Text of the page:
Even given the fact that $125,000 was previously tendered to the Garzas it does not defeat the pleading of the present cause of action for the very simple reason that neither FCIC nor FIGA has paid the Estate of Paola Garza for the damages sustained. As alleged by the plaintiff the payment to the Garzas was for their separate injuries; the check issued to the Estate of Paola Garza, while tendered, has never been cashed because of the delays in setting up the Estate in order to execute the release required by the settlement agreement. Accordingly, plaintiff's allegation that FIGA now refuses to reissue the check in accordance with the settlement agreement sufficiently states a cause of action for breach of the settlement agreement.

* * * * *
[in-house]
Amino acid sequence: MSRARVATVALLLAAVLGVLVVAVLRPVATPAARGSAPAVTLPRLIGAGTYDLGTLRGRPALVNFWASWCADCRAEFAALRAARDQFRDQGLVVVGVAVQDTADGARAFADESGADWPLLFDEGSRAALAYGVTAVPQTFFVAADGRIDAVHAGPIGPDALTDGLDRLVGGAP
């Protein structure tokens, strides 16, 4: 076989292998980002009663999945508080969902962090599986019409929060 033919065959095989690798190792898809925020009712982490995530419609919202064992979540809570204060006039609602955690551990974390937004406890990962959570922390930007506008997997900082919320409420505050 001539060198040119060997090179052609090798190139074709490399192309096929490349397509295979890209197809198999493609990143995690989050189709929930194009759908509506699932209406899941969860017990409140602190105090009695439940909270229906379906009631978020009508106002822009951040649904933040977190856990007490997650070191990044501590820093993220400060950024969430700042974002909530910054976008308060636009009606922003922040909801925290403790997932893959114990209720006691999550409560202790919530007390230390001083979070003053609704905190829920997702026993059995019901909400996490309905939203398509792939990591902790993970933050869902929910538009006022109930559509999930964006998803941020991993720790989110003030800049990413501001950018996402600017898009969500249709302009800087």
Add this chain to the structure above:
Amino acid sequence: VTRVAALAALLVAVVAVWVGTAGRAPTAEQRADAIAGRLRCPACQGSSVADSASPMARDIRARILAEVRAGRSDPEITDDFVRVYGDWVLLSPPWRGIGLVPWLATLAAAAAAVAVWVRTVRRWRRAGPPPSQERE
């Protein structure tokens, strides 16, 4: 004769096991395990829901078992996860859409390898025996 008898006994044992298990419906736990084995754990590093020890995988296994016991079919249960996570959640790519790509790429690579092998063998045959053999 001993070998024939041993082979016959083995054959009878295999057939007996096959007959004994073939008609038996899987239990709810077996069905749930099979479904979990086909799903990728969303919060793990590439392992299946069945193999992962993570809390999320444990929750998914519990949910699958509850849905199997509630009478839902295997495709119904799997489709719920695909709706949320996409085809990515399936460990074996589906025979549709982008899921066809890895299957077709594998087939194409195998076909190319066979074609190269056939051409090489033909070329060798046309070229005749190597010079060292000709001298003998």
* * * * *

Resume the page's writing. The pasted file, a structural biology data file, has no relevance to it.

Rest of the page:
FIGA did not file exceptions to the magistrate's order and the circuit court entered an order adopting the magistrate's recommended order. Thereafter, the Estate filed a motion for summary judgment and supporting affidavit, asserting that there was no genuine issue of material fact and that judgment should be entered in favor of the Estate as a matter of law as a result of FIGA's breach. In response, FIGA filed a countermotion for summary judgment with no supporting affidavits. FIGA contended that the undisputed facts entitled it to summary judgment because plaintiffs were paid all that they were entitled to receive under the policy since the Garzas had only derivative claims for emotional distress. The circuit court denied the Estate's motion and granted FIGA's motion.